Intergovernmental relations post-Brexit (2016 to 2022)
Brexit has challenged the UK’s territorial governance. As a result, this has incentivised IGR to function better for the benefit of all four governments. Since 2017, the UK Government, Scottish Government, Welsh Government, and the Northern Ireland Executive have been working together to develop agreements which cover a range of policy areas where powers have returned from the EU and intersect with devolved competence.
Yet, as highlighted in a previous post, the JMC committees created to look at Brexit negotiations – of which the UK Government was the representative negotiator – have come under criticism, most notably for meeting sporadically, lacking transparency over proceedings, and for failing to take account of the views of the devolved governments.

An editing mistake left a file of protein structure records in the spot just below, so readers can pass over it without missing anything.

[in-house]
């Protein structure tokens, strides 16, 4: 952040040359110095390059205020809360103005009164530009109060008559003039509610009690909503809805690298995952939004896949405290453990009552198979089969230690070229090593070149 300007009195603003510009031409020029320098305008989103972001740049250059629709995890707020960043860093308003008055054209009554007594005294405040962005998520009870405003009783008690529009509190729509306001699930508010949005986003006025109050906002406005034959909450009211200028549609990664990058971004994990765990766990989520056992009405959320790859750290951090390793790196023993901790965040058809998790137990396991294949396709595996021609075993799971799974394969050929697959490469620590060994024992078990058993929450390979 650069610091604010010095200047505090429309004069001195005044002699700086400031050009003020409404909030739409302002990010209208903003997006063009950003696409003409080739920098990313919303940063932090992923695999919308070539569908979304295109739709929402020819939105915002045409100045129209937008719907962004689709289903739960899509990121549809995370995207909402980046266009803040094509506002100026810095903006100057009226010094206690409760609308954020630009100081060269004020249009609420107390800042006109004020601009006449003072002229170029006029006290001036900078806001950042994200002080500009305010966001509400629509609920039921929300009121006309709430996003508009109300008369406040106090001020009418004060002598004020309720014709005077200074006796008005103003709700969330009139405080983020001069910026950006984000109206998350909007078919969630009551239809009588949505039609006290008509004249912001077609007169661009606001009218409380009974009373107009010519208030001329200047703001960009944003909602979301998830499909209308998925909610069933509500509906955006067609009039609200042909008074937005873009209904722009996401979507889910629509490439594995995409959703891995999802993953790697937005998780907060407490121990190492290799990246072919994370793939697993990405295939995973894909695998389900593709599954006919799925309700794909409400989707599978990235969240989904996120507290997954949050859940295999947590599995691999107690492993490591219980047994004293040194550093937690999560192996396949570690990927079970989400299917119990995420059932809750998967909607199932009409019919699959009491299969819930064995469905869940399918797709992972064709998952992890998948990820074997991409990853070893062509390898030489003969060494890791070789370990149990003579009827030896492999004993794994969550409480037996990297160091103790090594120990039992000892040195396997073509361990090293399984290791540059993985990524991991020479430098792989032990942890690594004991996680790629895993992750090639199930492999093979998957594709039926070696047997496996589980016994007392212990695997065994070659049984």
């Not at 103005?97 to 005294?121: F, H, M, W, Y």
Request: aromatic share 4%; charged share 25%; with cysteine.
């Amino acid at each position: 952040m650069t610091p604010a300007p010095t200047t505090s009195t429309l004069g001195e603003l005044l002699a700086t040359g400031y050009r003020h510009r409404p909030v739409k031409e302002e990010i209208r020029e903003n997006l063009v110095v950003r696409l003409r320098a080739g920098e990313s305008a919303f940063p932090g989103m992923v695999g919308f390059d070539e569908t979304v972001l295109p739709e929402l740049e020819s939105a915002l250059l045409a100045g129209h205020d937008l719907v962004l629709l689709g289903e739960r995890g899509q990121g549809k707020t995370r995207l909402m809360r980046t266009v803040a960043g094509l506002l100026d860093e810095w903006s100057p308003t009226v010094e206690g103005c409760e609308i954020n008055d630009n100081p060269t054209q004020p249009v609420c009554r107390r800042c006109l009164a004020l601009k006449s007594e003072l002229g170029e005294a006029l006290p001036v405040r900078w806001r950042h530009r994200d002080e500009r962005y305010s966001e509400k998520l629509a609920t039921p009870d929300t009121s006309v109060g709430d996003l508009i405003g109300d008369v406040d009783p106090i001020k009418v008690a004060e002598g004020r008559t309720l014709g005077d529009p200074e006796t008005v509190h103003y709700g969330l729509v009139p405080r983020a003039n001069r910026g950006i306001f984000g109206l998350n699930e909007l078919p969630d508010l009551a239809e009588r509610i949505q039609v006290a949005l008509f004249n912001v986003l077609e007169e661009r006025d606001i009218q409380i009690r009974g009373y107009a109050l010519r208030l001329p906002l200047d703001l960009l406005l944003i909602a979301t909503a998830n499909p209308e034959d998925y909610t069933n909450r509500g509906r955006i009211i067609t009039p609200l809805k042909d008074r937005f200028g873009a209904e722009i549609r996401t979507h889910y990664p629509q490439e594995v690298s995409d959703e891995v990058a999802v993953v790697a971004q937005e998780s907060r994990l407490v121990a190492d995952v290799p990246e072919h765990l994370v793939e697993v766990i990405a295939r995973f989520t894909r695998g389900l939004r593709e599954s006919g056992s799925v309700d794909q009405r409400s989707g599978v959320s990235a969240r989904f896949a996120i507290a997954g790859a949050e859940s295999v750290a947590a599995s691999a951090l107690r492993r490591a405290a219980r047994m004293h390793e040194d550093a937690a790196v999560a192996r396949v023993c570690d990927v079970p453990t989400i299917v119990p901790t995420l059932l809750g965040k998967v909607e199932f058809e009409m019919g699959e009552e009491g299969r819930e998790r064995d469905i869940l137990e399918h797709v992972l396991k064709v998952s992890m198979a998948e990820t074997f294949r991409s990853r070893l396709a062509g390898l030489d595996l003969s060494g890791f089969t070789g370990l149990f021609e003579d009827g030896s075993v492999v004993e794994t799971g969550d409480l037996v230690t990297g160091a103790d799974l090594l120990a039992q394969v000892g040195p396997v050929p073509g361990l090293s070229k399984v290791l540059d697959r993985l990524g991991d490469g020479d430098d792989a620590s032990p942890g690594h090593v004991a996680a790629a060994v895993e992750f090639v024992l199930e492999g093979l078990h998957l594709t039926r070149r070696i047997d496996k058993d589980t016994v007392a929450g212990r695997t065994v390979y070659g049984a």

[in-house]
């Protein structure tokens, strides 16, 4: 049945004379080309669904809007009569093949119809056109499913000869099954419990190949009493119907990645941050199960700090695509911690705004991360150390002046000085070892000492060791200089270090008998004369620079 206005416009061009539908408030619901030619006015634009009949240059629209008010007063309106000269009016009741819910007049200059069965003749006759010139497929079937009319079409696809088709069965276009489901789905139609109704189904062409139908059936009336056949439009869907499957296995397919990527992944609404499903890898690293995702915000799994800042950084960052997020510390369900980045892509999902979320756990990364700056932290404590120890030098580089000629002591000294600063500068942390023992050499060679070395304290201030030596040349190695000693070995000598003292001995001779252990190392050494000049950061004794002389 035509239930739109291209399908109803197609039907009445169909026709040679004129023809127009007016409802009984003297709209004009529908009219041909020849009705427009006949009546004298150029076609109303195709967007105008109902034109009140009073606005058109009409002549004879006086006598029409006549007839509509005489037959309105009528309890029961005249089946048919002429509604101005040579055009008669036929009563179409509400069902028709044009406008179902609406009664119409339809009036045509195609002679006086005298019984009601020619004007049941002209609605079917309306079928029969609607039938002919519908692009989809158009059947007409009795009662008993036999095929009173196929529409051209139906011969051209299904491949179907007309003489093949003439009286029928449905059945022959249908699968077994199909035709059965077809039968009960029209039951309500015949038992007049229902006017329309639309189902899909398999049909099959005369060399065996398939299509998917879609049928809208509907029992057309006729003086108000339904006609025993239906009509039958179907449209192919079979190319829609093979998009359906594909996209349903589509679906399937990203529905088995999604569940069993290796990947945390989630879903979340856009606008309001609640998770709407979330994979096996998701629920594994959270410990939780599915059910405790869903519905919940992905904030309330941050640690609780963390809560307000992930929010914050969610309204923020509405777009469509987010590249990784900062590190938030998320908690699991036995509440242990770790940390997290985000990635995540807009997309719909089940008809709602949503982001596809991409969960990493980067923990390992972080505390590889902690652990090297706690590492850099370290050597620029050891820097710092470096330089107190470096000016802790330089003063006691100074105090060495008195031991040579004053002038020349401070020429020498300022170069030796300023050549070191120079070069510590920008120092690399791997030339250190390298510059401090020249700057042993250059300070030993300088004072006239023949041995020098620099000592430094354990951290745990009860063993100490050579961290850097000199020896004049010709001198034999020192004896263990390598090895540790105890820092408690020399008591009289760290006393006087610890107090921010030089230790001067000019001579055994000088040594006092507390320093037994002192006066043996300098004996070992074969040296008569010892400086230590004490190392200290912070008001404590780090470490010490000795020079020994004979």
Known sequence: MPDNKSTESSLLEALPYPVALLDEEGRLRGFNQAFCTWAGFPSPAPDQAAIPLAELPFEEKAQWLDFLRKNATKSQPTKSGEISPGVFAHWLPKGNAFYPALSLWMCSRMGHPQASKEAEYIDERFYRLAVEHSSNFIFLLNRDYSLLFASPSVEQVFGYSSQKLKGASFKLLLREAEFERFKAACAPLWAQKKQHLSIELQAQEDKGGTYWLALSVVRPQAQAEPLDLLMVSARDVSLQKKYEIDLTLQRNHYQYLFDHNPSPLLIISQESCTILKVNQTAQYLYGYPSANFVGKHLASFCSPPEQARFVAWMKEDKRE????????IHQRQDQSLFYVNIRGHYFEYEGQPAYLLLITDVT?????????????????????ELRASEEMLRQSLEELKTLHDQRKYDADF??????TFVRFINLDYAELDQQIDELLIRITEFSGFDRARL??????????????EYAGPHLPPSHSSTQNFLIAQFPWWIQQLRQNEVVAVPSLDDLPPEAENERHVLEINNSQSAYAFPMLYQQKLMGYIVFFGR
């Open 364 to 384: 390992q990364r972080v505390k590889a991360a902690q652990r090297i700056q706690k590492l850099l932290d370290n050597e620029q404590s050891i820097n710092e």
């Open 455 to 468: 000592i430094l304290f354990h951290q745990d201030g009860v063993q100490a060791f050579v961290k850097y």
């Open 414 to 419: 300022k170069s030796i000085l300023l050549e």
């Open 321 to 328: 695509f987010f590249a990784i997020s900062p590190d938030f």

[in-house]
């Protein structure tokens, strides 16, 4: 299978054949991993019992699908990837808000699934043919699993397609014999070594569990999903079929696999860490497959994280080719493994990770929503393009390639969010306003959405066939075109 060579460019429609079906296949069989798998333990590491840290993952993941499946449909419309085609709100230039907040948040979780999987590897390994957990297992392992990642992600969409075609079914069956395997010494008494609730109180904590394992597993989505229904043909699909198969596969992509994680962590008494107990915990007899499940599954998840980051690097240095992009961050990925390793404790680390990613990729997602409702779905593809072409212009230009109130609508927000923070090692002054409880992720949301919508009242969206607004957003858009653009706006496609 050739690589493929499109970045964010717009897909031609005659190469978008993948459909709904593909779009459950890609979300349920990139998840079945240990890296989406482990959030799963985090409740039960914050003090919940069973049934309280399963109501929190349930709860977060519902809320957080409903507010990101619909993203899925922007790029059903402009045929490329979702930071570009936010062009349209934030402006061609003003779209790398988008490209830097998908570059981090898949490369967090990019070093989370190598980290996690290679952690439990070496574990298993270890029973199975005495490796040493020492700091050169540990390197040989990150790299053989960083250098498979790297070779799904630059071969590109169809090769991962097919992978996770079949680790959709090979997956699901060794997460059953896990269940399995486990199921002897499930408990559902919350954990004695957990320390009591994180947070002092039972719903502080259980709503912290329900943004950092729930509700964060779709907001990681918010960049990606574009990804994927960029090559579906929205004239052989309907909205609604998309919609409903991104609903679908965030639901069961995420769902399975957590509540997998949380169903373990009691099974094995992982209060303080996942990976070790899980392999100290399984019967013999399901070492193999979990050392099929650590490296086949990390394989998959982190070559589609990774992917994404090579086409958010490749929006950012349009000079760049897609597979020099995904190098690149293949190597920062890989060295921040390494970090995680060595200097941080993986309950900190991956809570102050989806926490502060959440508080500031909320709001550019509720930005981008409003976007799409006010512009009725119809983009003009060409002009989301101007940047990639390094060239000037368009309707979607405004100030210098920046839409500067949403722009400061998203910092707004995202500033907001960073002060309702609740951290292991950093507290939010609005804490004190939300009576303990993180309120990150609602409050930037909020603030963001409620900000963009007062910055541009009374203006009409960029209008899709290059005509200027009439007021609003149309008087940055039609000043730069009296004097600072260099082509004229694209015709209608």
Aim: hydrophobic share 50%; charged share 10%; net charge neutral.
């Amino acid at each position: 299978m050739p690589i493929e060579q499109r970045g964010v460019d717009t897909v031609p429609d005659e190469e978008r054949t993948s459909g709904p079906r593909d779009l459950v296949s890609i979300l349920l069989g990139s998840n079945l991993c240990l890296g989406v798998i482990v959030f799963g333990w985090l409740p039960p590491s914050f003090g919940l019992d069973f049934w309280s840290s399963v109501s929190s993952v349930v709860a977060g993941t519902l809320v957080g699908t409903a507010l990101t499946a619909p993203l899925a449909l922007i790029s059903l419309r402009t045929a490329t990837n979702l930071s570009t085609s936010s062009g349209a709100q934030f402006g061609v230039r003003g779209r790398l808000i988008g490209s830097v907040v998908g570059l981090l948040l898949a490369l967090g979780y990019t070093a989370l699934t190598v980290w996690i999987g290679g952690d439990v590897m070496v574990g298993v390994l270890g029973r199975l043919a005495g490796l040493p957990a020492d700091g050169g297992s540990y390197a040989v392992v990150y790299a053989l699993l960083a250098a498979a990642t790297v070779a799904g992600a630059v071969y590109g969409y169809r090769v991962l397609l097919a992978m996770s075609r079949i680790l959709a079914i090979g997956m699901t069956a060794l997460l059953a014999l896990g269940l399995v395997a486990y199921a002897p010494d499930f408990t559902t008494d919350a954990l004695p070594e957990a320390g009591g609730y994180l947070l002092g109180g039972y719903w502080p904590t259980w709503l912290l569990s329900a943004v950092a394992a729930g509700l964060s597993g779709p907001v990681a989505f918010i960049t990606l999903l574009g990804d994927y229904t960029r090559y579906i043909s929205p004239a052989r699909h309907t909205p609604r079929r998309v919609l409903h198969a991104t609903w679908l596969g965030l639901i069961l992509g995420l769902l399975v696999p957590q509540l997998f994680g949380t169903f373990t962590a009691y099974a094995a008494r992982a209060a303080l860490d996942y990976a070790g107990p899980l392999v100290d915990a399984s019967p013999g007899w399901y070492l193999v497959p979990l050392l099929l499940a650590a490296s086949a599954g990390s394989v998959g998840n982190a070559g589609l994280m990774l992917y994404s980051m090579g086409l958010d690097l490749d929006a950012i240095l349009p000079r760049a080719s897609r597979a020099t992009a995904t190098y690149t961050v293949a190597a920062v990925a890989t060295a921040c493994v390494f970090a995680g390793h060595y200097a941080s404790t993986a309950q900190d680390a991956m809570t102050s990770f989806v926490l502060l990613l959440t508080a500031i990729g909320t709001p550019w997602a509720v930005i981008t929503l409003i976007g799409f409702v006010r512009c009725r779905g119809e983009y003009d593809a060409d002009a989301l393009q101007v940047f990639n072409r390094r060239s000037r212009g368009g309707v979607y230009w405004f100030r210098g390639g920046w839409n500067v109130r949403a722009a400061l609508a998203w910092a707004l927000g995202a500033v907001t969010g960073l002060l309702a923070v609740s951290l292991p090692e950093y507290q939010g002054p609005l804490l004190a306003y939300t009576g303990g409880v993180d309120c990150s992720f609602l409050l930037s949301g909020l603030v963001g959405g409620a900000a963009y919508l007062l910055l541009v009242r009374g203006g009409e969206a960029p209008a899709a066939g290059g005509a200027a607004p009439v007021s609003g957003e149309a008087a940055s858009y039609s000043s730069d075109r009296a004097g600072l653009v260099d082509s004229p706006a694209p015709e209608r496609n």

Another criticism has been the top-down manner (whereby the UK Government instigated irregular meetings) in which IGR have taken place, with the decisions of the JMC not being binding on the UK Government. In March 2020 all three devolved governments issued a joint call for ‘a meaningful, comprehensive and transparent process for the devolved governments to influence the UK’s negotiating position’ but this call went unanswered by the UK Government ahead of EU negotiations. The limited nature of the JMC’s role, which focused on consultation rather than consensual decision-making, and the inadequacy of existing dispute resolution arrangements, was also widely criticised. This was particularly problematic during the Brexit negotiation period.